In 1980, Kim Il Sung formally designated his son as his successor. Kim Jong Il was given senior posts in the Politburo, the Military Commission and the Party Secretariat. He took on the title "Dear Leader" and the government began spinning a personality cult around him patterned after that of his father, the "Great Leader."

In 1991, Kim Jong Il became commander-in-chief of North Korea's powerful armed forces, the final step in the long grooming process.

Three years later, when Kim Il Sung died suddenly from a heart attack at 82, most outsiders predicted the imminent collapse of North Korea. The nation had lost its venerated founding father.

Just a few years earlier, its powerful alliances had evaporated with the fall of the Soviet bloc and China's move toward a market-based system. The economy was on the rocks and energy and food were in short supply. A series of weather disasters, combined with an inefficient state-run agricultural system, further eroded the food supply, leading to mass starvation.

The timing could not have been worse for replacing the only leader North Korea had known.

"Heaven didn't smile on Kim Jong Il," said the University of Hawaii's Dae-sook Suh.

After his father's elaborate public funeral Kim Jong Il dropped out of sight, fueling rumors, but he soon managed to consolidate power.

Under his newly organized government, his father's presidential post was left vacant and Kim took the titles of general secretary of the Workers Party and chairman of the National Defense Commission -- a group of 10 men that includes the heads of the air force, army and navy, who are now considered the most powerful in the country.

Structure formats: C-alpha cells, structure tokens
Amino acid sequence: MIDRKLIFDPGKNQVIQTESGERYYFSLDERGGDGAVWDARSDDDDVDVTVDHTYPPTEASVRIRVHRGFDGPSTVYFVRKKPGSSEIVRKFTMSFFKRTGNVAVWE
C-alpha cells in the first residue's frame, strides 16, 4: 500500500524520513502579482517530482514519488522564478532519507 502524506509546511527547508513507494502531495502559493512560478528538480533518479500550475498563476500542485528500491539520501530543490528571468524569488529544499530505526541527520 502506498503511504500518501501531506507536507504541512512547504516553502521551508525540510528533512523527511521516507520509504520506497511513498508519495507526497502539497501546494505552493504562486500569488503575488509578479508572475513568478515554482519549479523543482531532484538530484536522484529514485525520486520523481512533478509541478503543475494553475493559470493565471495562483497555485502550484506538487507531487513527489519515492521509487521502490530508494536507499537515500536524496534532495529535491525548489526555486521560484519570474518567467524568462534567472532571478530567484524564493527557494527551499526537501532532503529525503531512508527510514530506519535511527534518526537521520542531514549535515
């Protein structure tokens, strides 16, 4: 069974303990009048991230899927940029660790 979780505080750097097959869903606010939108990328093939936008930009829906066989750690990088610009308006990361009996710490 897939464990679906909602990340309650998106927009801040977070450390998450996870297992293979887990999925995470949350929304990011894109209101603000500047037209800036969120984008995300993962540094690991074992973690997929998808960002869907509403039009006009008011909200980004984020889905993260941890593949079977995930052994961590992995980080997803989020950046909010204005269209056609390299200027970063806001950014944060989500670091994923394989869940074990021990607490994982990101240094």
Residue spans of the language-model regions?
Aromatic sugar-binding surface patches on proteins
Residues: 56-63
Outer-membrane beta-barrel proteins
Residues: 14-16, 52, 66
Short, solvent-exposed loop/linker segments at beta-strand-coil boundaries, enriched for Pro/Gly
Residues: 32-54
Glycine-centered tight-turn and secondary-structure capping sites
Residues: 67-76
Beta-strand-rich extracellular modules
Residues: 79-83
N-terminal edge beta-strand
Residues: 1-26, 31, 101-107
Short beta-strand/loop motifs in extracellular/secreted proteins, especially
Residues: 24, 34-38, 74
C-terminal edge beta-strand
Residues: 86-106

"It's a peculiar government to say the least," Dae-sook Suh said. "He honors the legacy of his father, but the new government is a Kim Jong Il government. It's quite different from his father's."

Kim Il Sung's unique style of Stalinism, suffused with the Korean juche philosophy, was subordinated to the more militant theme of Kim Jong Il's "Red Banner" policy, introduced in 1996.

The changes afoot were dramatically illustrated in 1997 by the defection of Hwang Jang Yop -- the architect of the juche philosophy and the first high-level official to seek asylum in South Korea.

In a news conference after his defection, Hwang warned of a growing possibility that his homeland might launch an attack. "The preparation for war exceeds your imagination," he said.

Many outsiders viewed the flight of Hwang as another sign that the North Korean regime was on its last legs, but once again it weathered the storm, perhaps even benefiting from the fears of war heightened by Hwang's warning.

Despite sending a test missile over Japan in June 1999 and other such incidents, North Korea under Kim Jong Il also sent signals that it is open to new alliances after decades of isolation. Billions of dollars in international aid poured into North Korea during the 1990s, which did little in return.

Many analysts conclude that Kim Jong Il has played a poor hand of cards skillfully...